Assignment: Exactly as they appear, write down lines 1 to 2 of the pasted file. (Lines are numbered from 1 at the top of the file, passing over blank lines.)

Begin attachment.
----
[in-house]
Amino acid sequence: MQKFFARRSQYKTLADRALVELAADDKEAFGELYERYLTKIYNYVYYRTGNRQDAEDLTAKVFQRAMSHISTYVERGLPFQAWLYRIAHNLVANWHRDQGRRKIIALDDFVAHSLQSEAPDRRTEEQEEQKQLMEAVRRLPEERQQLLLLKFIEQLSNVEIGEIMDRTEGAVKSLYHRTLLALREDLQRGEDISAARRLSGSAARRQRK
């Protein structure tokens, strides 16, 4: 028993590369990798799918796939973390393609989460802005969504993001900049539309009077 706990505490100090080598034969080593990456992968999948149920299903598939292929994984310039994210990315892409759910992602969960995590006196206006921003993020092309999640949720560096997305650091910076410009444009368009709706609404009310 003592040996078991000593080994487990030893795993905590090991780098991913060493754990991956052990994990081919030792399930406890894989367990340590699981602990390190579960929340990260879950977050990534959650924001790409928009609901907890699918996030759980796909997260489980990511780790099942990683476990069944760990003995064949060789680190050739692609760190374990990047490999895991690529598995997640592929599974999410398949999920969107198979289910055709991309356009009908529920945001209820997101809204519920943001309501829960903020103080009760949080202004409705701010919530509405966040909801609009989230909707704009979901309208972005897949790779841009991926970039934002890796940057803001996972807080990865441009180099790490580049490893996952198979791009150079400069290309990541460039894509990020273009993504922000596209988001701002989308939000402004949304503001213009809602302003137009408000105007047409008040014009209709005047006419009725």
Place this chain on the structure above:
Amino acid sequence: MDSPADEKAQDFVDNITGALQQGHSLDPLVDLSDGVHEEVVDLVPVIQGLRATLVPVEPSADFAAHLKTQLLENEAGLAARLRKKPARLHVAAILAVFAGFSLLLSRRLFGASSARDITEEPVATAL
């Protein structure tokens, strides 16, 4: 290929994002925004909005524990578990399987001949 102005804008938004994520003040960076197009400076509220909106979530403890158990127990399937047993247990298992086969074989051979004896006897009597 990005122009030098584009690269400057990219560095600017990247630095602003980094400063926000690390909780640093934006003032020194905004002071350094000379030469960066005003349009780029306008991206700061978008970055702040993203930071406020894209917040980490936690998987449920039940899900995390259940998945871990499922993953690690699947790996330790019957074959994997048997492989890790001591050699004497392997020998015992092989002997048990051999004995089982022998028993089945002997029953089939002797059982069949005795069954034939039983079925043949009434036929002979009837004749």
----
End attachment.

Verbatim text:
[in-house]
Amino acid sequence: MQKFFARRSQYKTLADRALVELAADDKEAFGELYERYLTKIYNYVYYRTGNRQDAEDLTAKVFQRAMSHISTYVERGLPFQAWLYRIAHNLVANWHRDQGRRKIIALDDFVAHSLQSEAPDRRTEEQEEQKQLMEAVRRLPEERQQLLLLKFIEQLSNVEIGEIMDRTEGAVKSLYHRTLLALREDLQRGEDISAARRLSGSAARRQRK